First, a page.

Tag Archives: quick tip

07Dec/16

Quick Tip: Validate The Length Of An Integer

A little while ago, I fielded a question in the PowerShell Slack channel which was “How do I make sure a variable, which is an int, is of a certain length?”

Turns out it’s not too hard. You just need to use a little regex. Consider the following example.

$v6 is an int that is six digits long. $v2 is an int that is only two inches long. On lines three and four, we’re testing to see if each variables match the pattern ‘^\d{6}$’ which is regex speak for “start of the line, any digit, and six of them, end of the line”. The first one will be true, because it’s six digits, and the second one will be false. You could also use something like ‘^\d{4,6}$’ to validate that the int is between four and six digits long.

14Sep/16

Quick Tip: Allow A Null Value For An Object That Doesn’t Normally Allow It

In the PowerShell Slack channel (powershell.slack.com) a question came up along the lines of “I have a script that needs to pass a datetime object, but sometimes I’d like that datetime object to be null”. Never mind that maybe the script could be re-architected. Let’s solve this problem.

The issue is, if you try to assign a null value to a datetime object, you get an error.

The solution is super easy. Just make the thing nullable.

This will return no output. So when you’re declaring the variable that will hold your datetime object, just make sure you make it nullable.

Just for more proof this works as advertised, try this.

Cool!

09Mar/16

Quick Tip: Detecting Special Characters In A String The Easy Way

Here’s a super easy way to detect special characters in a string. Consider the following.

String1 has no special characters, String2 does. All I’m doing is comparing the string to “the string if we replace everything that isn’t a regular letter” using the -replace operator.

It’s just that easy.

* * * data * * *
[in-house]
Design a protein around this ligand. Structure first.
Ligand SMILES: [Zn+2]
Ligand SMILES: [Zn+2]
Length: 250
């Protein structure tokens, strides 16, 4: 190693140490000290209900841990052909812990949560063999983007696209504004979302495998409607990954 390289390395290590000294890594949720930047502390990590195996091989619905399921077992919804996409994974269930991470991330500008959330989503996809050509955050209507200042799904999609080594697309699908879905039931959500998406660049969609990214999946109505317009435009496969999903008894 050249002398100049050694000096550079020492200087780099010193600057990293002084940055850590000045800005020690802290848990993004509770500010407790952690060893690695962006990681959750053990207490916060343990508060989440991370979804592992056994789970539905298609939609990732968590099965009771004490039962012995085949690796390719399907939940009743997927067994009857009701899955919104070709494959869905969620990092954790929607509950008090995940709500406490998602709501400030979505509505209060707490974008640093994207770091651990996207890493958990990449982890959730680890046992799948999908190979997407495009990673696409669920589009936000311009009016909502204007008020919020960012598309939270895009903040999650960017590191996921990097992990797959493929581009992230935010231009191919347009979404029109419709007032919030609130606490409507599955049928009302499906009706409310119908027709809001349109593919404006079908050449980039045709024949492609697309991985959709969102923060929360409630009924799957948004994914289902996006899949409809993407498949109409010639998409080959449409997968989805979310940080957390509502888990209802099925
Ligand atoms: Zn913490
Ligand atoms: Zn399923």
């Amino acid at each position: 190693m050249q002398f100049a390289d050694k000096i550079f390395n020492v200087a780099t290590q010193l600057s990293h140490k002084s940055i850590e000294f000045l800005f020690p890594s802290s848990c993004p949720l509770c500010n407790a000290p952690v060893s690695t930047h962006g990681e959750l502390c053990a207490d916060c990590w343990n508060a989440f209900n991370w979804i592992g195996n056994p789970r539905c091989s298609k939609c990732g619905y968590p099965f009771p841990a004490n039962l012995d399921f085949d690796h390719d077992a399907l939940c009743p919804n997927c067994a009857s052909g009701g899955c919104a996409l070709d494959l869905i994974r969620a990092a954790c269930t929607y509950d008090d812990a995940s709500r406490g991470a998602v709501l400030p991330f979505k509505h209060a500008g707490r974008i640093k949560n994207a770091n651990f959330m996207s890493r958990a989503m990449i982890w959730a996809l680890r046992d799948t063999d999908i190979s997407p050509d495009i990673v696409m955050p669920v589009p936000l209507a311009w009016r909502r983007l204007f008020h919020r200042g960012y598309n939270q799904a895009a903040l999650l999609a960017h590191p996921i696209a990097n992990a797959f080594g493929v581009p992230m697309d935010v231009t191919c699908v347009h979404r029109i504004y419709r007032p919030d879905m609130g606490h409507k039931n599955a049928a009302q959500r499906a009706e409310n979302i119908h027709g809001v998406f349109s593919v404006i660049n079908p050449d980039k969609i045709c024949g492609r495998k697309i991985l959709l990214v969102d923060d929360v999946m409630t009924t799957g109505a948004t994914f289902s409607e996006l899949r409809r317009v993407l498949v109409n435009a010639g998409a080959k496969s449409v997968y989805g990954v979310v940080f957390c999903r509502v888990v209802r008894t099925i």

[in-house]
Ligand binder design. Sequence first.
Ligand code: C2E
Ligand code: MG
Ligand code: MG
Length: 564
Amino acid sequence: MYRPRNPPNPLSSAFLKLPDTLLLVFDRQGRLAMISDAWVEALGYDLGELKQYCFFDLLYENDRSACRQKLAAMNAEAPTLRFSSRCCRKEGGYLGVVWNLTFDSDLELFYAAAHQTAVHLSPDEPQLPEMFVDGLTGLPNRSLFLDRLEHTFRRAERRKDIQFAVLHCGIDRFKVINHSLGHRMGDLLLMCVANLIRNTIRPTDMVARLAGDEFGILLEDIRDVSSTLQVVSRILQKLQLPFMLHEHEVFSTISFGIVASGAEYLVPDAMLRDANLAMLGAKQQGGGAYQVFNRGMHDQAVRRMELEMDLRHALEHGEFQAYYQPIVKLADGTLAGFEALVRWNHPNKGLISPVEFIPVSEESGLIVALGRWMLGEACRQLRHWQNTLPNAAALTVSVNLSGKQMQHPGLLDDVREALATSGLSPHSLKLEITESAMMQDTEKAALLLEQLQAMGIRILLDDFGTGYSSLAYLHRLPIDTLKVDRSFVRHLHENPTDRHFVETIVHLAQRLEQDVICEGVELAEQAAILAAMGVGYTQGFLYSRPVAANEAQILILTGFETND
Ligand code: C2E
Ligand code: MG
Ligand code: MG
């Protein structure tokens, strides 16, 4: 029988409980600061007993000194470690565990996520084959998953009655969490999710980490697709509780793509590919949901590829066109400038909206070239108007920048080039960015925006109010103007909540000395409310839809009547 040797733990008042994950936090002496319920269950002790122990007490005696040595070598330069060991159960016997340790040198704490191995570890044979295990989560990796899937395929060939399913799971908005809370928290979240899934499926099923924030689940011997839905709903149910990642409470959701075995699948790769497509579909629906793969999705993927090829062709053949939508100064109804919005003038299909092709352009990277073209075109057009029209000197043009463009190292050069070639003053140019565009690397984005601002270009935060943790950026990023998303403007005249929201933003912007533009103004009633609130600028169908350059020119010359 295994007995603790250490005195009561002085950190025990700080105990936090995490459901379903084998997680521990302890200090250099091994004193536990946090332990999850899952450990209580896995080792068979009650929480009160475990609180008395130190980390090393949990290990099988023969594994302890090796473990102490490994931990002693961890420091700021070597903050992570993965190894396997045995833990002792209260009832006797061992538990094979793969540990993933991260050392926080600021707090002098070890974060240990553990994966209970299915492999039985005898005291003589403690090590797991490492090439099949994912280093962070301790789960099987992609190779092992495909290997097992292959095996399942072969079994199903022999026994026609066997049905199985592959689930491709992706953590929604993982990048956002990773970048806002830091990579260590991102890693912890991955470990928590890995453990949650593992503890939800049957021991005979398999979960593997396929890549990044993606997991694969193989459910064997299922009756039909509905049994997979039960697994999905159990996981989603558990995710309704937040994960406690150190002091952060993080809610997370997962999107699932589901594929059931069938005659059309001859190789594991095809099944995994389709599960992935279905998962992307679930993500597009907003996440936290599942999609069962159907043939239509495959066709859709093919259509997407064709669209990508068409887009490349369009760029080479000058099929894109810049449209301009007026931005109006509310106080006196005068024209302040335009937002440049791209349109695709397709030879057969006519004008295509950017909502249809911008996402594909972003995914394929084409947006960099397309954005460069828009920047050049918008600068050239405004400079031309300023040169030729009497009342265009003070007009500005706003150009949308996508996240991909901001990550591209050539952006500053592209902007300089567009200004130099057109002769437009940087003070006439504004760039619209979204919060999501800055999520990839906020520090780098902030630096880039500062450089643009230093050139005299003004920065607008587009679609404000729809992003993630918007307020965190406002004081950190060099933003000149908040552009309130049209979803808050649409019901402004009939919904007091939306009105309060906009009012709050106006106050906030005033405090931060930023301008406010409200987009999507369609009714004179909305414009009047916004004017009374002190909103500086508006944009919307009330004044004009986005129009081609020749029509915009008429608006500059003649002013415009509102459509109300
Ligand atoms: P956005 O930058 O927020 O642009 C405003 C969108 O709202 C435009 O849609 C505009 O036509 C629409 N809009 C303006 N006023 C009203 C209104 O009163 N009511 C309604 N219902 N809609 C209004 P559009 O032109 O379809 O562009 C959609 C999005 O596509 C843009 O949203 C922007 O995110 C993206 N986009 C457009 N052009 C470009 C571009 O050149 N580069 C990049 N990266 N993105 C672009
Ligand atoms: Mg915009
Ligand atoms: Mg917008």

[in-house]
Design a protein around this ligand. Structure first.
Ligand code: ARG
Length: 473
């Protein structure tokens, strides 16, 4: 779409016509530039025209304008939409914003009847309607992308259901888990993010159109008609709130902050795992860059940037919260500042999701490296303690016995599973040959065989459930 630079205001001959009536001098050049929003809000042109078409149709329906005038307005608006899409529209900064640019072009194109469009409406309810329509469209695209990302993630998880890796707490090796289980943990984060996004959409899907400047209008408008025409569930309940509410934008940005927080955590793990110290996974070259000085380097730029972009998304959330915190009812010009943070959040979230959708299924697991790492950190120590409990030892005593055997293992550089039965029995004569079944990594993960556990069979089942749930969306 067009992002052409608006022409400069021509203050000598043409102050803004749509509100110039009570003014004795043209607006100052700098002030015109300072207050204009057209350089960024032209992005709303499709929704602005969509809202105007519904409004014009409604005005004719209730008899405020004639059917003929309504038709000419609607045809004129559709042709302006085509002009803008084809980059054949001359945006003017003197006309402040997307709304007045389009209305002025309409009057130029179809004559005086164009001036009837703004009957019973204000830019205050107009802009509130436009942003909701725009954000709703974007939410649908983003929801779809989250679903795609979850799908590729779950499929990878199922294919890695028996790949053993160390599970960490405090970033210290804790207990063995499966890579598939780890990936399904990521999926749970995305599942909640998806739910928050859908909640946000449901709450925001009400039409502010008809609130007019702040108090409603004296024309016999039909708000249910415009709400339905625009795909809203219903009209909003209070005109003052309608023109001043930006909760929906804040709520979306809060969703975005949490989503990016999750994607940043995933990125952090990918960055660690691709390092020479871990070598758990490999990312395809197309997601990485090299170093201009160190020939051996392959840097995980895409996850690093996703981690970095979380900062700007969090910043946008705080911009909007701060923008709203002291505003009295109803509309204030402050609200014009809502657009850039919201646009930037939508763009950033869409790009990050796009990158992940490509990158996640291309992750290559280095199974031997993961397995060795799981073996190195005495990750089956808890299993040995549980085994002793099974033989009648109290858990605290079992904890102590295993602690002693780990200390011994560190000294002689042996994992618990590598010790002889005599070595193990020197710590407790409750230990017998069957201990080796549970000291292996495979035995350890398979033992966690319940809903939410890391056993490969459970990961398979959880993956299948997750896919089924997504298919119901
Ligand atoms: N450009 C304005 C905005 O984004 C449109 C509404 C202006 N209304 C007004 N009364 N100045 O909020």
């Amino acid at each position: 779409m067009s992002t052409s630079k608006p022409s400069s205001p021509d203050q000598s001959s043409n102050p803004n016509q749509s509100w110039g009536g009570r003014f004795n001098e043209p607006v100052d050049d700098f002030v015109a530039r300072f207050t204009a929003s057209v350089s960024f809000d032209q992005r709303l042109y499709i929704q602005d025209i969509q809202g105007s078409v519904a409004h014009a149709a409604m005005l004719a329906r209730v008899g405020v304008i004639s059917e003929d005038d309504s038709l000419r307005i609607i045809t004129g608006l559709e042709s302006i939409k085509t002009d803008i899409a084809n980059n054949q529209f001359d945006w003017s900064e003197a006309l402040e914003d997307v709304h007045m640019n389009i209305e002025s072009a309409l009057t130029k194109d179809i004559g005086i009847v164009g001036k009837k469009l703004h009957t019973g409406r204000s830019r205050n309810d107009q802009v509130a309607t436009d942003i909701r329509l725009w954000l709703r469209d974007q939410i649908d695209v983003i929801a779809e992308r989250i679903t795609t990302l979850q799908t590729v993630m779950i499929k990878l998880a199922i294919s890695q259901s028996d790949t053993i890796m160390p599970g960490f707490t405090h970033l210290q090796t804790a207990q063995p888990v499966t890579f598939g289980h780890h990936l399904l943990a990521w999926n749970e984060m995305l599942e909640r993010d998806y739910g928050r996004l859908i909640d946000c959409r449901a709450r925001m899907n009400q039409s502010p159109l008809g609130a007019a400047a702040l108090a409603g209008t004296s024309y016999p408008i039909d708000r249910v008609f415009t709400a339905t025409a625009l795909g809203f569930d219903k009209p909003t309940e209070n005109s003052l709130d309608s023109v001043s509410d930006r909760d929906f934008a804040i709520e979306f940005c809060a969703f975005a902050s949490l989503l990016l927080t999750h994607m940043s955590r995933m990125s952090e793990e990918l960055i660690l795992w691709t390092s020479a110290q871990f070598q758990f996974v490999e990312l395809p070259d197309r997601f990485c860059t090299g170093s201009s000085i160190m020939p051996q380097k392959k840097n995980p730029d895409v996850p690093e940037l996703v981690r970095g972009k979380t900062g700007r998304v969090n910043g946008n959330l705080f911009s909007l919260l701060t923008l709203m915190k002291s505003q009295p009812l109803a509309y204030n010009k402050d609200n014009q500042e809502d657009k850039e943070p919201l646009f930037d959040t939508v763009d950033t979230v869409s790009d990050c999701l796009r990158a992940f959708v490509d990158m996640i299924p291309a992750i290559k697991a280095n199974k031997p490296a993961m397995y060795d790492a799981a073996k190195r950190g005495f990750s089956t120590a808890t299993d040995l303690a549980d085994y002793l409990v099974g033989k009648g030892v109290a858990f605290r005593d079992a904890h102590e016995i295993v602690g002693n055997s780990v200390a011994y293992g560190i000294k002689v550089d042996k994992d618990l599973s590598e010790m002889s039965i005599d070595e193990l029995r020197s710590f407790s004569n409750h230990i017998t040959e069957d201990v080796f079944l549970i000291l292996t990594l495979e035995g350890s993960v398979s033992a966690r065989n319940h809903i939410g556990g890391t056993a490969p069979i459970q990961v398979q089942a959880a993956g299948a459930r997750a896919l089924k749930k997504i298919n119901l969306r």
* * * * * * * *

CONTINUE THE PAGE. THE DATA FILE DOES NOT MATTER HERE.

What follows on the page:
You could do the same thing with the -match operator, too. The point here is looking at the regex.

30Sep/15

Quick Tip: Which Of These Groups Are These Users Members Of?

Here’s a quick PowerShell function I put together that you might like to use or pick pieces from. The point of the function is to take a list of usernames and a list of groups and tell you which users are members of which groups, including through nested group membership.

As you can see, this function requires the ActiveDirectory PowerShell module and the function is named Test-IsGroupMember. It takes two parameters called Usernames and Groups. Both are “object” types so they could be an array or a string. I didn’t want to make overloaded versions of a script this simple so I took this shortcut. It’s expected that the values in Usernames and Groups will be SamAccountNames.

On Line 15, I start the work. For all of the groups you pass the function, it determines the recursive group members and extracts the SamAccountName attribute of the members returned. Then to the output stream, we write that the currently evaluated group has a number of members. On Line 19, we check to see if any of the usernames in the Usernames parameter are contained within the members of the group. I could have used a Compare-Object here but I didn’t. If the user is present in both arrays, we report back.

Here are some examples of how I like using this function.

Pretty flexible.

16Sep/15

Quick Script Share: Tell Me Everyone With Access To This Directory